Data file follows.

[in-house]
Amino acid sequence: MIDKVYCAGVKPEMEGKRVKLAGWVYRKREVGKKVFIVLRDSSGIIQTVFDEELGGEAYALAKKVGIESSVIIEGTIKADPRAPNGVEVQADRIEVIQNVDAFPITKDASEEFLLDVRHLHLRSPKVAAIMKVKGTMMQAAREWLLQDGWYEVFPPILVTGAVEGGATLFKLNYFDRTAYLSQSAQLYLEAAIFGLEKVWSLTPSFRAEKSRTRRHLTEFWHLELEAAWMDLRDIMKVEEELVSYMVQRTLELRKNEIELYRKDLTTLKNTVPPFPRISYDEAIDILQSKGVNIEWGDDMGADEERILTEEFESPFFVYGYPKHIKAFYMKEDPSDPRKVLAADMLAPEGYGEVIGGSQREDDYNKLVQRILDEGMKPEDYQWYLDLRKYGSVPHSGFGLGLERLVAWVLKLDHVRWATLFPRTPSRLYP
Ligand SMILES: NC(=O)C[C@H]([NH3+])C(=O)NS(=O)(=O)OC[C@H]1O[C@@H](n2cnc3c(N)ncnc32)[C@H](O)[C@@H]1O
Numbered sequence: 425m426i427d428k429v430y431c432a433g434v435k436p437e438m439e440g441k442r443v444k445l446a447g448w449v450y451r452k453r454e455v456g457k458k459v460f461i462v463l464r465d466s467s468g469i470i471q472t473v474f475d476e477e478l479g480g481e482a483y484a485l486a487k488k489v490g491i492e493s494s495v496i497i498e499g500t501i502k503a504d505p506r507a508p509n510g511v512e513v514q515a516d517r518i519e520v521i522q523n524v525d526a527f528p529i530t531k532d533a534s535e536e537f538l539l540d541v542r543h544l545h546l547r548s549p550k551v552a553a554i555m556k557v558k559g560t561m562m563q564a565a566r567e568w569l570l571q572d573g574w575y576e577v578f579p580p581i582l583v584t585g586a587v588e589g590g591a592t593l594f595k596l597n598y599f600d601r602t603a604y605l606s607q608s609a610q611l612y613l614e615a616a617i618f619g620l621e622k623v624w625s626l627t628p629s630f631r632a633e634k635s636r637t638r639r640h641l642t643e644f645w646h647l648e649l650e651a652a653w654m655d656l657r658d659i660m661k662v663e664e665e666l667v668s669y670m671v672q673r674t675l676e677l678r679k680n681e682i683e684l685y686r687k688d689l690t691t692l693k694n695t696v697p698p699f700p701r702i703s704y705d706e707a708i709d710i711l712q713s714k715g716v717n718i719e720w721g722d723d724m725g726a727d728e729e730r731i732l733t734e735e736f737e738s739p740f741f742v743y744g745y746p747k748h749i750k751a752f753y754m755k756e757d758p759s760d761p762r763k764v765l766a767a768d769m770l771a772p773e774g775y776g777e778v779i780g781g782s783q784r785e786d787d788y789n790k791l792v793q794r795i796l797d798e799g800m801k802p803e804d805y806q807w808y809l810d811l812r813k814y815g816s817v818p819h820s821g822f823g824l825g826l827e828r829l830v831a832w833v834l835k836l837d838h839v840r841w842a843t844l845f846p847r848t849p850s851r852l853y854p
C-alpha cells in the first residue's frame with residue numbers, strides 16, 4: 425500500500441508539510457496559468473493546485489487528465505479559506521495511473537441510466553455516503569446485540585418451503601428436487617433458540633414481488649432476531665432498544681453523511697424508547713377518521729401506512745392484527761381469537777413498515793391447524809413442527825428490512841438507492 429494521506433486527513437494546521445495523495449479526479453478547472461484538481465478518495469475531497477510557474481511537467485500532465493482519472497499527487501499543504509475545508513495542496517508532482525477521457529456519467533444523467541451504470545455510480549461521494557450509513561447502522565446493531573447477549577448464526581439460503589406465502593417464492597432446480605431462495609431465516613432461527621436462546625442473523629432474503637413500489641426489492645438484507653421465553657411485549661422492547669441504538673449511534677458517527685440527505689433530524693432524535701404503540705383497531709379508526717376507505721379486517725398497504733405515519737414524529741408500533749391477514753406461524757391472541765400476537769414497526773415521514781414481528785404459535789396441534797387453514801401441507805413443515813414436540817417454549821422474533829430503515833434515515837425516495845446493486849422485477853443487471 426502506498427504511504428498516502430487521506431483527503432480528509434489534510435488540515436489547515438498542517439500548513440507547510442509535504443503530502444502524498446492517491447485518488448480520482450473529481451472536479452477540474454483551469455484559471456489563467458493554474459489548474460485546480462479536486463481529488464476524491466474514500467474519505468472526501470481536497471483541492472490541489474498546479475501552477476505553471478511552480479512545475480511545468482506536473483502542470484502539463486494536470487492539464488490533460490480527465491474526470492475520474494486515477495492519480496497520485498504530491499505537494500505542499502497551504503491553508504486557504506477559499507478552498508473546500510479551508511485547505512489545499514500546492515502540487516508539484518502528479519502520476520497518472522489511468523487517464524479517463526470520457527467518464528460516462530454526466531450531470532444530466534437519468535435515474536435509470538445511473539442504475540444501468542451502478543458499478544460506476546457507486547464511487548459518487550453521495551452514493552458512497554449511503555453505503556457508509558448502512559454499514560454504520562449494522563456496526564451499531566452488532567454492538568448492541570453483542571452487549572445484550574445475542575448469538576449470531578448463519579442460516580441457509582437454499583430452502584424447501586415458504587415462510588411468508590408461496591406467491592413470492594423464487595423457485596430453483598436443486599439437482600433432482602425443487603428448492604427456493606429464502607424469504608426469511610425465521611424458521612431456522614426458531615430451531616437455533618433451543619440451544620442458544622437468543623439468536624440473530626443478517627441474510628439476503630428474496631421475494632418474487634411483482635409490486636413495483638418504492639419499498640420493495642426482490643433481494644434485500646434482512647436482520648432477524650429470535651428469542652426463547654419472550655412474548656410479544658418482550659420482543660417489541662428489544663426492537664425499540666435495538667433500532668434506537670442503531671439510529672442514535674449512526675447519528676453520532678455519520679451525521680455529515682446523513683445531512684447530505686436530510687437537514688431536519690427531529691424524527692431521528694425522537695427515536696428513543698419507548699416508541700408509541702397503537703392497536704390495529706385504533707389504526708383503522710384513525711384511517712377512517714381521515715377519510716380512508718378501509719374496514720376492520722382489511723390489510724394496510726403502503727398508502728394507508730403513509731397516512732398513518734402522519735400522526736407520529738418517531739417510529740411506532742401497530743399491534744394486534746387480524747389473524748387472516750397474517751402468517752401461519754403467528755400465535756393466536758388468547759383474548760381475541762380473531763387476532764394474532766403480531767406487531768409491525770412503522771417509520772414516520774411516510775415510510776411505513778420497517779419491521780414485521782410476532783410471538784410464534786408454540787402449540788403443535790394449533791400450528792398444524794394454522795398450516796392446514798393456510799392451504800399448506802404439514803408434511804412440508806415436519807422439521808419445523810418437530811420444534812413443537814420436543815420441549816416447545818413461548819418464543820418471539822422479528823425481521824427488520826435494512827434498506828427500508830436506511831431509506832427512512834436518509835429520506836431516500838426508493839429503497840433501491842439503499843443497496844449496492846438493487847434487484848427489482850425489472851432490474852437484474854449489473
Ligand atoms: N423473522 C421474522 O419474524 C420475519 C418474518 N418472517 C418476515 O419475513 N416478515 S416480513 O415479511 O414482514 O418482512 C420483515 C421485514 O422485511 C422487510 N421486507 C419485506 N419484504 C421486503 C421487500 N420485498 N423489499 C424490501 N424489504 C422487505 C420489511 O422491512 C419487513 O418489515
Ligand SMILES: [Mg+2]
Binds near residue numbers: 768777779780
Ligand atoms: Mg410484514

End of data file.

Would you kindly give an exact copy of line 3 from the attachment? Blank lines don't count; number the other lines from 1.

Ligand SMILES: NC(=O)C[C@H]([NH3+])C(=O)NS(=O)(=O)OC[C@H]1O[C@@H](n2cnc3c(N)ncnc32)[C@H](O)[C@@H]1O